Favorite Travel Quotes

"Travel is fatal to prejudice, bigotry, and narrow-mindedness, and many of our people need it sorely on these accounts."
-- Mark Twain
Innocents Abroad

"Stop worrying about the potholes in the road and celebrate the journey." -- Fitzhugh Mullan

"A good traveler has no fixed plans and is not intent on arriving." -- Lao Tzu

Global Warming and the View from Glacier’s Grinnell Glacier Overlook

Marmot and Haven's Peak

Marmot and Heaven's Peak

©Bert Gildart: From the west side loop in Glacier National Park the trail to Grinnell Overlook is straight up. First you climb four miles to Granite Park Chalet, and then you hike about a mile to the spur trail that takes off from the Highline Trail. At the spur trail you climb about 500 more vertical feet—and then you’re there.

The view from the overlook is stunning. From the notch you peer down onto what used to be Grinnell Glacier, but because of global warming, the glacier has receded to the point where it is almost non-existent. Where the glacier once existed, it has been replaced in the last 10 years by Upper Grinnell Lake. Where once the glacier flowed down the valley toward Many Glacier, there is only rock, all of which unfolds from the notch and that you can clearly see about 1,000 feet below you.

For a while Matt Rigg, my hiking companion of the day, and I were alone, but soon we were joined by a young couple from Virginia. Their first comment was: “Wouldn’t it be great if George Bush were here!”


Meaning, of course, that the obvious retreat might convince him that global warming should be taken seriously.



View from Overlook of retreating glacier, below

View from Overlook of retreating glacier, below

Truly, this is a place where science and beauty overwhelm. In addition to the staggering beauty of glacier cirques, there is also the abundance of various life forms in and around the Overlook. One of the first wild creatures to greet us was the not-so-wild hoary marmot, and one of them posed about five feet from my camera, enabling me to use a wide-angle lens to include Heaven’s Peak in the background. Years ago I climbed the peak, reminding me that I have great hopes of attempting another climb in about three weeks just south of Seattle.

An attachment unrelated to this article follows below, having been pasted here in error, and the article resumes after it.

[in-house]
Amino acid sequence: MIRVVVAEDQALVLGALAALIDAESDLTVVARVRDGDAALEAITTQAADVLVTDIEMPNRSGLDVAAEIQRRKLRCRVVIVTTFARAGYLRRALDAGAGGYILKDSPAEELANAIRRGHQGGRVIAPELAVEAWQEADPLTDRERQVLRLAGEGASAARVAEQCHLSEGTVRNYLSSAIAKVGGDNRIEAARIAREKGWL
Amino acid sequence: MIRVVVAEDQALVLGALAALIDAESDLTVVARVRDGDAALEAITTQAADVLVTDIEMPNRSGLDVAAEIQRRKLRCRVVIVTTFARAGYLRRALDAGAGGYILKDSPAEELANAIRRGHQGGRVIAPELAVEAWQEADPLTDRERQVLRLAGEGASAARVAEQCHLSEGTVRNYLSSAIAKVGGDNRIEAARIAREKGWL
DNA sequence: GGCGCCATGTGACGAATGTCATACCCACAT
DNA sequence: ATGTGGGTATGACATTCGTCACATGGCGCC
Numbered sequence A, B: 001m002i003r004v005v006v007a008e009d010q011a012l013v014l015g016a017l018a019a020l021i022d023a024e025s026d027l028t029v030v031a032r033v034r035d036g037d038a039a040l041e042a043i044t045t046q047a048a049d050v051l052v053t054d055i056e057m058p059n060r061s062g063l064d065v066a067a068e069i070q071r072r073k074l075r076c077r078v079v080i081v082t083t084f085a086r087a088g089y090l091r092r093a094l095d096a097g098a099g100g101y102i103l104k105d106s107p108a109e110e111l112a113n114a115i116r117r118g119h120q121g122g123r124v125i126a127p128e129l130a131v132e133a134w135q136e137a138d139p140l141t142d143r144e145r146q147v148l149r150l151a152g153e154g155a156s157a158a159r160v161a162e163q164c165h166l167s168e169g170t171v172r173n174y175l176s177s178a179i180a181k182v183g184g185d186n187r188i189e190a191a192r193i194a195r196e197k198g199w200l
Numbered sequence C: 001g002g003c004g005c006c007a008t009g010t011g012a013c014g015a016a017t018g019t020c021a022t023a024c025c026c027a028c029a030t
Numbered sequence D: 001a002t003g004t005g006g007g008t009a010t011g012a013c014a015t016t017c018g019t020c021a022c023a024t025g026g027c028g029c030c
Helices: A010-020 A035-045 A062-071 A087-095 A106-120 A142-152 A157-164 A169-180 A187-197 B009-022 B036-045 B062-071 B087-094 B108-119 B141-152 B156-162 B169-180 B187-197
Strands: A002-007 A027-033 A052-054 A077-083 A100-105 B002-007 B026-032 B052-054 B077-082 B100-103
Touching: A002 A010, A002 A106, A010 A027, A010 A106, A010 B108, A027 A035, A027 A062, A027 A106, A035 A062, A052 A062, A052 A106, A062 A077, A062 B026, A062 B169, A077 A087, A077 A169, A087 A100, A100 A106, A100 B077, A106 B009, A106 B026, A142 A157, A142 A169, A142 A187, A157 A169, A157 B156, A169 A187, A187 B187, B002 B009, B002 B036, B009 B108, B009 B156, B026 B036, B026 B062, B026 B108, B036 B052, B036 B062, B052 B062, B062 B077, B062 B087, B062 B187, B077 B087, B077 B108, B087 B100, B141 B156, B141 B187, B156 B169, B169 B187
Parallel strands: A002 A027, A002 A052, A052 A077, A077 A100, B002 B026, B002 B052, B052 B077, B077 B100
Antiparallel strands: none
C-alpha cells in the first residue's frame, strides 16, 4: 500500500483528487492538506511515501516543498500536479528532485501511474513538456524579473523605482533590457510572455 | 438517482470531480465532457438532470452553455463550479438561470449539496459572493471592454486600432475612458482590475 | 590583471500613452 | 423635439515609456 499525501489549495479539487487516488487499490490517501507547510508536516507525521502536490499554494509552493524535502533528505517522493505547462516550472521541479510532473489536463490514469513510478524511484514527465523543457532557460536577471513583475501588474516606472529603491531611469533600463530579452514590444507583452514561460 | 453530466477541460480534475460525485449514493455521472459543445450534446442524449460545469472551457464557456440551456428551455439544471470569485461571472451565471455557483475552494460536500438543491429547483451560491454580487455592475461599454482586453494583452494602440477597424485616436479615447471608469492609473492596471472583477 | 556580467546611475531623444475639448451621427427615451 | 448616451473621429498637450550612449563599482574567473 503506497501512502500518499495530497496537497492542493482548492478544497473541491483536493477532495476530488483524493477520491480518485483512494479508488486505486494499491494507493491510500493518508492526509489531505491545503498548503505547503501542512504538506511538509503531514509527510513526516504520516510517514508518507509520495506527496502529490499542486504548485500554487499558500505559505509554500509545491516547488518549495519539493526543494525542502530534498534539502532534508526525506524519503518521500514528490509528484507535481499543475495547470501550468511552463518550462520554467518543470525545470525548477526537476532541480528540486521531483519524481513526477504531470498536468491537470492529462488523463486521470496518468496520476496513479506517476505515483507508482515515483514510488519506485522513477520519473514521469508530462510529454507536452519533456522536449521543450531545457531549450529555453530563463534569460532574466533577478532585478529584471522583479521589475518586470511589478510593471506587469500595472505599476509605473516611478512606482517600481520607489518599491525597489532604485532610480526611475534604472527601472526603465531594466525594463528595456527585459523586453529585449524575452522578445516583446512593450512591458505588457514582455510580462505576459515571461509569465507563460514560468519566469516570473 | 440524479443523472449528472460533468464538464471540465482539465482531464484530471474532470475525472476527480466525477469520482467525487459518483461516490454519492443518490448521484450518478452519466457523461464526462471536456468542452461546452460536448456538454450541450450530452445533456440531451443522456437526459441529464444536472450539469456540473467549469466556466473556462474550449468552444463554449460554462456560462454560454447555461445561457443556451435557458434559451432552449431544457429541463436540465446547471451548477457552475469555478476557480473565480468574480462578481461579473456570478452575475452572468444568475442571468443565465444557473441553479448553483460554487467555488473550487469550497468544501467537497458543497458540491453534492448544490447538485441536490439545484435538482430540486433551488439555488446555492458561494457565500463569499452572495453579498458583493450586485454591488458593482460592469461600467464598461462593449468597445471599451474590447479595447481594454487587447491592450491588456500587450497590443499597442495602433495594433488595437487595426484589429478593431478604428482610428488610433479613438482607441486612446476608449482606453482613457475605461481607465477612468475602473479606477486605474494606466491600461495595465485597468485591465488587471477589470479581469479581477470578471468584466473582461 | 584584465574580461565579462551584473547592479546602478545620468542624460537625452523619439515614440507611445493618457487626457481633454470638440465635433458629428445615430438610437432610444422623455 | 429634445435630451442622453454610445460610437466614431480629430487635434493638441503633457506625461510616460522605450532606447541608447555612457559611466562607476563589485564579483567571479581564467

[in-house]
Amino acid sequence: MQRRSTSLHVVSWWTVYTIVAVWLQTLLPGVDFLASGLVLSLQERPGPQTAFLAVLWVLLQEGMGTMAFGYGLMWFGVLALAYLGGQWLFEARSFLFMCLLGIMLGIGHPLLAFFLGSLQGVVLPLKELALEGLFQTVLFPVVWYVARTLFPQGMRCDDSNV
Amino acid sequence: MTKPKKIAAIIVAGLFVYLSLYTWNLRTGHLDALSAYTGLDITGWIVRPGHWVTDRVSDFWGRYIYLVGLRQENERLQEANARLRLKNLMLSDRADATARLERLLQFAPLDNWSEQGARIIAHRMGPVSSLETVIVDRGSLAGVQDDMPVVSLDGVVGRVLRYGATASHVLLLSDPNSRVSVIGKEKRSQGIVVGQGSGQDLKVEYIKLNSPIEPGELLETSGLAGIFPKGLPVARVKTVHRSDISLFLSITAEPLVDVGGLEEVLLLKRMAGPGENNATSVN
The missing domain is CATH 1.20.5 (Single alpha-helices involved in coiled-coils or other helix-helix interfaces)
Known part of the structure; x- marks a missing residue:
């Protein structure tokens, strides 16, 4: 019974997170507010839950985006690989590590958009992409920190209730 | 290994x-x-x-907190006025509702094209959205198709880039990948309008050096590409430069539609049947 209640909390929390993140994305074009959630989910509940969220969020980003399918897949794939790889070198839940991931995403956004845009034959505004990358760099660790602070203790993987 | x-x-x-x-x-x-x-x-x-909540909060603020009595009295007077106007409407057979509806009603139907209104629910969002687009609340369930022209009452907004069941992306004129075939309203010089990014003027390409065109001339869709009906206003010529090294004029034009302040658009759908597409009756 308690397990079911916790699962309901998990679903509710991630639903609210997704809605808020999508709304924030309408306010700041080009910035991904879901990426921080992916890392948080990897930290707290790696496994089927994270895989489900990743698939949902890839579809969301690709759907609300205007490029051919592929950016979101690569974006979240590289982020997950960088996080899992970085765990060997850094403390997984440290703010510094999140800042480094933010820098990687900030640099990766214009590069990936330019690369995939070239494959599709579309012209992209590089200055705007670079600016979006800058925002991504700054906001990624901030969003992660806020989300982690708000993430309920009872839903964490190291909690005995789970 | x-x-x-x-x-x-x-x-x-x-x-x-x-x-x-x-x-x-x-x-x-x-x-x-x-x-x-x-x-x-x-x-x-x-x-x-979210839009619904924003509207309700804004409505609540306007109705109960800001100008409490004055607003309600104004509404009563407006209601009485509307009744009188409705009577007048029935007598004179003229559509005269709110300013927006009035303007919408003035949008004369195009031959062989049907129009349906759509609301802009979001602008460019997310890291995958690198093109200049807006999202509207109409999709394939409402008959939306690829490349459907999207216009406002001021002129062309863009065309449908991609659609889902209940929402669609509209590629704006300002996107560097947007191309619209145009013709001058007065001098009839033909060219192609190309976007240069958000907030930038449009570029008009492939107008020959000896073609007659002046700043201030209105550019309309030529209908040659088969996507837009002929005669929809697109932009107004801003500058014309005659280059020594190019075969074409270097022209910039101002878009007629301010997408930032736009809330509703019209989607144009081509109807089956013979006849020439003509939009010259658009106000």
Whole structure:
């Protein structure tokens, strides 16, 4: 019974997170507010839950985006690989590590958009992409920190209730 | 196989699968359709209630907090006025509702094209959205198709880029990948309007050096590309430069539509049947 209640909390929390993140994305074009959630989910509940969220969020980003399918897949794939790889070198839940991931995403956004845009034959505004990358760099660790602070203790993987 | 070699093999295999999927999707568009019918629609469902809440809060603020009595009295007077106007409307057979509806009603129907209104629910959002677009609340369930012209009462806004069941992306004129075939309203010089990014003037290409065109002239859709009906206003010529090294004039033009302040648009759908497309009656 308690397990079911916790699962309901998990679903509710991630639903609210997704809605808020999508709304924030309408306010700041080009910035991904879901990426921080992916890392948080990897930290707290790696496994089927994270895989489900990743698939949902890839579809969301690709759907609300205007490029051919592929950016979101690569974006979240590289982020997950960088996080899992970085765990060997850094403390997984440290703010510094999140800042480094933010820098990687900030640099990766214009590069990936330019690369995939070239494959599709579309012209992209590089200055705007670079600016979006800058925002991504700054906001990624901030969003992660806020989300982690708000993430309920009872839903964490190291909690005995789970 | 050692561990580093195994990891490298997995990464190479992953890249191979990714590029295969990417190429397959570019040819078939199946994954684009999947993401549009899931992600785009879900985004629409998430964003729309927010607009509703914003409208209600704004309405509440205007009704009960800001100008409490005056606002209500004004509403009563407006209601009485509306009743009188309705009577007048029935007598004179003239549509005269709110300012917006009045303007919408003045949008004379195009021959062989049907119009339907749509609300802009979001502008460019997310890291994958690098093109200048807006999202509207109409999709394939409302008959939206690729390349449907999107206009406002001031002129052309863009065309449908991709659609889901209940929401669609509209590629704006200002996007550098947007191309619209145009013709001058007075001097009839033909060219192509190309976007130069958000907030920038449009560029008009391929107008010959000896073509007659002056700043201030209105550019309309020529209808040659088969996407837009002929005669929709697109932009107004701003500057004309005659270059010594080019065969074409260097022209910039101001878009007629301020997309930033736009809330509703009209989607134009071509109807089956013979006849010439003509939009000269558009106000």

But back to the here and now. Matt, who is fascinated by all forms of science (as am I), could not help but notice the abundance of huge chunks of rocks nearby with ripple marks. The rocks tell us that, once, they were laid down by vast inland seas, and that these particular chunks with their extensive ripple marks formed the shores of that sea. Then, about 40 million years ago, forces beneath the earth began to thrust upward, lifting that sea shore to where Matt and I stood this past Sunday—about 7,000 feet above sea level.


As we sat there, listening to marmots whistle and eating lunch, we watched as what appeared to be a small bee landed on our hands. The bee, however, was not a bee rather it was a fly, something I learned years ago in an entomology class.

To better survive its many predators the fly has evolved to look like a bee. By so doing, it deceives possible predators, and they leave it alone. What a classroom Glacier can be…


Stromatolites, associated with ancient sea

Stromatolites, associated with ancient sea

Over the years (I once worked in Glacier as a ranger), I have been documenting the recession of Grinnell, and several years ago, as the glacier receded, I discovered that the rock exposed beneath the glacier was also exposing ancient stromatolites.